We had turned off the air conditioning at Mist Cottage, and closed all the curtains for the weekend, since we would not be here, and it was lovely and cool in the house when we arrived home.

The weekend acted as a tonic, I feel much better for having sat in the bush by camp fires and star light.

Worldly Distractions


Date: 8:00 PM EDT Monday 5 September 2016
Condition: Mainly Clear
Pressure: 102.0 kPa
Tendency: falling
Visibility: 24 km
Temperature: 22.3°C
Dewpoint: 16.7°C
Humidity: 70%
Wind: S 12 km/h
Humidex: 27


“That’s who you really like. The people you can think out loud in front of.”
John Green

Kettles and Coolers

Part 1

So here it is, December!

I am writing this from the little house in the city. We drove down on Friday night, got here just before midnight. Mist will spend two nights on her own. We turned on the electric heat before we left, so the temperature will not drop to freezing no matter how cold it gets outside. If the power went out, she would still be warm enough, just not cozy, with the heat from the masonry heater. The cost of electric heat for a two night absence will probably be over $50 but hopefully under $100. We will not be doing that very often, or without careful consideration. That is one of the two huge difficulties we face in regard to winter mobility. The other is driving conditions.

Attila turned on the hot water heater, and a few hours later we had a lot of water spreading over the basement floor. Toast. The hot water heater is toast. It is old, really old and it came with the house. We were pleased to have it, although it was a real energy hog from the dark ages. Now we have a beautiful new shower in our bathroom and no hot water. That’s life. We cannot afford a new hot water heater right now, and certainly would never rent one from the companies in Canada. They try to lock you into contracts for life, with stiff fees to get out, no thank you. When we can afford a new hot water heater, we will purchase it outright and Attila will install it. In the meantime, when we need hot water we fill up and plug in the electric kettle.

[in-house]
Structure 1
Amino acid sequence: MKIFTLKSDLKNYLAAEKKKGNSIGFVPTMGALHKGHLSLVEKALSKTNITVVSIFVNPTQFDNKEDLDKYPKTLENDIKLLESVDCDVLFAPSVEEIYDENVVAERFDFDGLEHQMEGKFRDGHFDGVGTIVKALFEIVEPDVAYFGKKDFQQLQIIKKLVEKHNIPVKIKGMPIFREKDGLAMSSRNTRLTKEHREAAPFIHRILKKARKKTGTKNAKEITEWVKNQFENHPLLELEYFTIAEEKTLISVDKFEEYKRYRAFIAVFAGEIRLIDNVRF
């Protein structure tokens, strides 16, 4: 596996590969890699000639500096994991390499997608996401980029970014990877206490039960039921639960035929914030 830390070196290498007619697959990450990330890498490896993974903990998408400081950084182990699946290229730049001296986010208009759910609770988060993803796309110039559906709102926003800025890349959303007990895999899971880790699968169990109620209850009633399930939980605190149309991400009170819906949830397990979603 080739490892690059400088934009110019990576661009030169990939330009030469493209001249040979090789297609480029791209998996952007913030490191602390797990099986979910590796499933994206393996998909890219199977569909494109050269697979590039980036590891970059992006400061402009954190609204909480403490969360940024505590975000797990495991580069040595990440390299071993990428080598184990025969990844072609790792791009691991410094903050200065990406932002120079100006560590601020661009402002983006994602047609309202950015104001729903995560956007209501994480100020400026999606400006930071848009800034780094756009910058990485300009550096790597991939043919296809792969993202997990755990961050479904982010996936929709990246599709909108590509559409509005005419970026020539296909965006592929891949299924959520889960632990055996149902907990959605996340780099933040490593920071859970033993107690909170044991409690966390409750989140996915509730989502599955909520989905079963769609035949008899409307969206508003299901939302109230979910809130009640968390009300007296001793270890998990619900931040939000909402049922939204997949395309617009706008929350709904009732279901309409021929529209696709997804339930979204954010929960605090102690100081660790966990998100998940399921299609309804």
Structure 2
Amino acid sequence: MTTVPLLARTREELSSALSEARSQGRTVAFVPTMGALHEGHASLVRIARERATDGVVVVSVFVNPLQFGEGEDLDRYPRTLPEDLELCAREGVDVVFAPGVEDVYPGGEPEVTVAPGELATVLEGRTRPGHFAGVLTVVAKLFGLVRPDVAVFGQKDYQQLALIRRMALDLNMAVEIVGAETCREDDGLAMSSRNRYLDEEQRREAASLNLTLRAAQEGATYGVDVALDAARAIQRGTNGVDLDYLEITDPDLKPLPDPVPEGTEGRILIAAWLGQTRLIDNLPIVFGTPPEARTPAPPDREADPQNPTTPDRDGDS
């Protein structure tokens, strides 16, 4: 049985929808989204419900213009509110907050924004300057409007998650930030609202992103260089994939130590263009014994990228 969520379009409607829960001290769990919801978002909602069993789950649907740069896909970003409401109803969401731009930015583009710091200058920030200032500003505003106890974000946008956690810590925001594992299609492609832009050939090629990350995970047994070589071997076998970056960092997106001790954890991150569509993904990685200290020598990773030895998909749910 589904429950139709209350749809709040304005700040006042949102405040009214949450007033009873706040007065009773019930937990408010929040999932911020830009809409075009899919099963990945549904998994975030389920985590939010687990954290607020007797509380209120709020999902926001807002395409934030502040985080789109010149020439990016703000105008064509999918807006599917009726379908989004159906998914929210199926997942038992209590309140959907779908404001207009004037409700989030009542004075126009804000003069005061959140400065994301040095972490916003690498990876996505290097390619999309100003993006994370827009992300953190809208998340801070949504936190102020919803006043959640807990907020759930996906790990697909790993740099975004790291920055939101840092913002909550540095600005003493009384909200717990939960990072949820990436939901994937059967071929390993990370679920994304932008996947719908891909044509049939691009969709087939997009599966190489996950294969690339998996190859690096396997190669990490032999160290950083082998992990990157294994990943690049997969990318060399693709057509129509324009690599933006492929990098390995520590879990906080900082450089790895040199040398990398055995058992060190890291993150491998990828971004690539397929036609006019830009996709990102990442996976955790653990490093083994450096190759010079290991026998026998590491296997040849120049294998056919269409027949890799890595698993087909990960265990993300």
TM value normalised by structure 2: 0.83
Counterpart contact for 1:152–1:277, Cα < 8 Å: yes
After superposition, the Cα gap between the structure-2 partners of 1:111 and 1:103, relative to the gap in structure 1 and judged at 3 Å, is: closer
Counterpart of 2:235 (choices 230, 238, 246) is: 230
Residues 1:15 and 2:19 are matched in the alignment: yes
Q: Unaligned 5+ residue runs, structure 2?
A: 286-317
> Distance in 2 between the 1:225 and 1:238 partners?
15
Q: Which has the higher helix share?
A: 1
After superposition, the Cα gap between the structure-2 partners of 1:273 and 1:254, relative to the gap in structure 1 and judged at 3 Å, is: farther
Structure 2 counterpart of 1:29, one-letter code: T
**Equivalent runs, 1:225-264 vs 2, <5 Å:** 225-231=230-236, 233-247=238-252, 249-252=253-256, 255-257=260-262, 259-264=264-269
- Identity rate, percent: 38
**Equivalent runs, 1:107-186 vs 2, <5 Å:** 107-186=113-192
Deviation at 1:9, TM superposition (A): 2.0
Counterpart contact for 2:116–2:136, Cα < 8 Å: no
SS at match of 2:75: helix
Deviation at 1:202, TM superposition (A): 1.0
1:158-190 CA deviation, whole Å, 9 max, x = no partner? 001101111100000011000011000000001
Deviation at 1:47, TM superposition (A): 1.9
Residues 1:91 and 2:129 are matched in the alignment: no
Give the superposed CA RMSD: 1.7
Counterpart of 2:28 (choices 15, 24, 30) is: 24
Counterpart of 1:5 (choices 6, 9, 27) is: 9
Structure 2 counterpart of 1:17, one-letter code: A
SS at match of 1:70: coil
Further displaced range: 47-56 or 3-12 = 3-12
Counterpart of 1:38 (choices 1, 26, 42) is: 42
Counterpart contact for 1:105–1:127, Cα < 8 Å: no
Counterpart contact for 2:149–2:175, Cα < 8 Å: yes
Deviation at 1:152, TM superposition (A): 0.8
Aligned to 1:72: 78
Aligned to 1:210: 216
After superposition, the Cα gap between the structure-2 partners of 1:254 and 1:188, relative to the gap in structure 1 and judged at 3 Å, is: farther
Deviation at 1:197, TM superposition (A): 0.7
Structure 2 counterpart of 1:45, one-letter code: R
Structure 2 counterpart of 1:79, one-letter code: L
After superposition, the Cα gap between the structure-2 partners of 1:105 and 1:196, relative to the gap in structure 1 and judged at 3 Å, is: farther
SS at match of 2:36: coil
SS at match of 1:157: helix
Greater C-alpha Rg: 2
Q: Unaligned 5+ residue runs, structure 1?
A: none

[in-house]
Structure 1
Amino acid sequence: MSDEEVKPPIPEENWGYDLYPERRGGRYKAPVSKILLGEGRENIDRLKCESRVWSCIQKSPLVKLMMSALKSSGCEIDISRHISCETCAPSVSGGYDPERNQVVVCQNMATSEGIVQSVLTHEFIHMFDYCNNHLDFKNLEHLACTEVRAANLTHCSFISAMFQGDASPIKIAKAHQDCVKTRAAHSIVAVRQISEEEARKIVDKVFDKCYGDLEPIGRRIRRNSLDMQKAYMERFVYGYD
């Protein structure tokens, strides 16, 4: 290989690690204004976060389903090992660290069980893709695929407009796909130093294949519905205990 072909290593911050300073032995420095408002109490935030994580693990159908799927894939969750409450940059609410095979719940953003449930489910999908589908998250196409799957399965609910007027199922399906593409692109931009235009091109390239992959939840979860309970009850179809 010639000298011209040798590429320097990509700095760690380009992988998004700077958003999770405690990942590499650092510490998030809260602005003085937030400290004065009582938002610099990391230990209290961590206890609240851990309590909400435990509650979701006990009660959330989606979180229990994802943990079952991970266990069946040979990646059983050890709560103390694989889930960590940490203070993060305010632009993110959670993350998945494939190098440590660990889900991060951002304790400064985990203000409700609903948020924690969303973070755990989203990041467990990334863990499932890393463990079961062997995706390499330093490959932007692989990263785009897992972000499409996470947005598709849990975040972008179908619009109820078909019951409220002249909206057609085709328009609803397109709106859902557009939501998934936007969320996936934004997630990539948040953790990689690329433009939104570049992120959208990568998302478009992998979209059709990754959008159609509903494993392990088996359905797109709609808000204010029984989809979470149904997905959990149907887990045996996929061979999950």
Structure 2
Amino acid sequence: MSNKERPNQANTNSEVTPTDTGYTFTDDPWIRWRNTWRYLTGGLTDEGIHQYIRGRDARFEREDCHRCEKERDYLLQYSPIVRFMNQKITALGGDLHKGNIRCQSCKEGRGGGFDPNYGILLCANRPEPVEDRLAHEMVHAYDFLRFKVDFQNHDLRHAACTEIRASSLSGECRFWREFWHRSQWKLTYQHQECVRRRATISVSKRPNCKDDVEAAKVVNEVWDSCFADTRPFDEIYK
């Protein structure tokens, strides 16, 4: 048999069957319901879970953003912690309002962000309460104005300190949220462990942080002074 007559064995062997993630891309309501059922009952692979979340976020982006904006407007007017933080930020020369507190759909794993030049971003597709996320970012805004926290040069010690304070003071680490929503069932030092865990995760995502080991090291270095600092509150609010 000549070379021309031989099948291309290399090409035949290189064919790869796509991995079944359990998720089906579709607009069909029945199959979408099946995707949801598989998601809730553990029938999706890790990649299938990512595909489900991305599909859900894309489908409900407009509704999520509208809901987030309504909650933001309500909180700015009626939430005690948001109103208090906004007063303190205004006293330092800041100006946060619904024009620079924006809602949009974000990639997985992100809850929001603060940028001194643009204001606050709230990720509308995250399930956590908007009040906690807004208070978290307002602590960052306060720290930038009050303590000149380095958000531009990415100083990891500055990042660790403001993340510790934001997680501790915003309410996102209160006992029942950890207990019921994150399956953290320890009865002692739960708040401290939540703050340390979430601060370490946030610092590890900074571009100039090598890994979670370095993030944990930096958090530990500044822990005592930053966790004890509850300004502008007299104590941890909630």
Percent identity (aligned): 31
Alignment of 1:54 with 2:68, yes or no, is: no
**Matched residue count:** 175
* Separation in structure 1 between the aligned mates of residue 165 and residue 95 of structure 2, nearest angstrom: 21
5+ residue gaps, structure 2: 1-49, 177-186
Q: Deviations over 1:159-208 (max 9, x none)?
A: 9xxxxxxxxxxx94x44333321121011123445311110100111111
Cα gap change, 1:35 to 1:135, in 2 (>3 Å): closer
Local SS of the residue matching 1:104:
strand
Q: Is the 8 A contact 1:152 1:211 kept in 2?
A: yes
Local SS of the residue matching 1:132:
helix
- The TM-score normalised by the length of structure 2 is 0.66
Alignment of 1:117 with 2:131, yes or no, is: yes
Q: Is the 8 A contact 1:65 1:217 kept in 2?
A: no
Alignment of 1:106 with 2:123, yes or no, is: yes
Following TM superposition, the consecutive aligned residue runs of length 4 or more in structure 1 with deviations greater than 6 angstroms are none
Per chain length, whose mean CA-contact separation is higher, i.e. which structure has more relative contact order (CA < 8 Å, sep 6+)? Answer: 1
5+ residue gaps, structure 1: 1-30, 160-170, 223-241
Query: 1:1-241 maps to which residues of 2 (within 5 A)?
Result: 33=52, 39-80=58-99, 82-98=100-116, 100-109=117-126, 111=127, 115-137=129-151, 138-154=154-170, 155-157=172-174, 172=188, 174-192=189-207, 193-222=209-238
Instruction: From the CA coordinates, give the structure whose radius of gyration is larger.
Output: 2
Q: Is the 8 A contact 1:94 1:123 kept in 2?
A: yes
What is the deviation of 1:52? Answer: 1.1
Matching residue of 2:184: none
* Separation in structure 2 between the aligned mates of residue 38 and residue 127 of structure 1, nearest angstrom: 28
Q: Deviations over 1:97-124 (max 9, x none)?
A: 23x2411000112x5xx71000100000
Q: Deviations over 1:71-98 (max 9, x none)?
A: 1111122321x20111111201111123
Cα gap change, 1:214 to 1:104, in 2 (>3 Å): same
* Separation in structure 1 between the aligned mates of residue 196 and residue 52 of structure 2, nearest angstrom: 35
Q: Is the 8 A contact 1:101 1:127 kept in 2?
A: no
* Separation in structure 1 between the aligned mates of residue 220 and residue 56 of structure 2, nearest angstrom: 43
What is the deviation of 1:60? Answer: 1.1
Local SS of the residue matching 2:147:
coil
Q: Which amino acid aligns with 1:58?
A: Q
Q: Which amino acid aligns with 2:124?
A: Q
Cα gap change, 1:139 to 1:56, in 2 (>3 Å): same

Earlier this autumn our used refrigerator gave up the ghost. It is still in the kitchen, unplugged, with the doors held ajar with a broomstick. We use it as a storage cupboard. To keep our milk and eggs and cheese and perishables cold we use a cooler. It isn’t so bad. We have a Koolatron and we plug it in while we are visiting the house, and unplug it when we leave. Next summer we will probably resort to a regular cooler and make ice in our basement freezer to keep our perishables fresh.

So it is back to kettles and coolers at the little house in the city. I look at is as a luxurious winter camping experience. You can usually, barring evil, find a comforting perspective for less than perfect circumstances. Life is generally a less than perfect experience, for the majority anyway.

Attila has been working on the wiring. He has removed countless yards of dead electrical wires. He is now removing wiring that was ill conceived, replacing and rerouting it correctly. We have decided that over the winter that is what he will work on, and it is slow going. And the before and after pictures look almost the same!

When we arrived at the little house in the city, there was snow on the ground. We expected to be forced to park on the street, blocked by the snow banked across the end of the driveway by the snow plow. However, one of our neighbours had ploughed our driveway. We do not know who it was, but what a wonderful thing to do! There are very good reasons I prefer the little house in the city to the beautiful country house. All that glitters is not gold.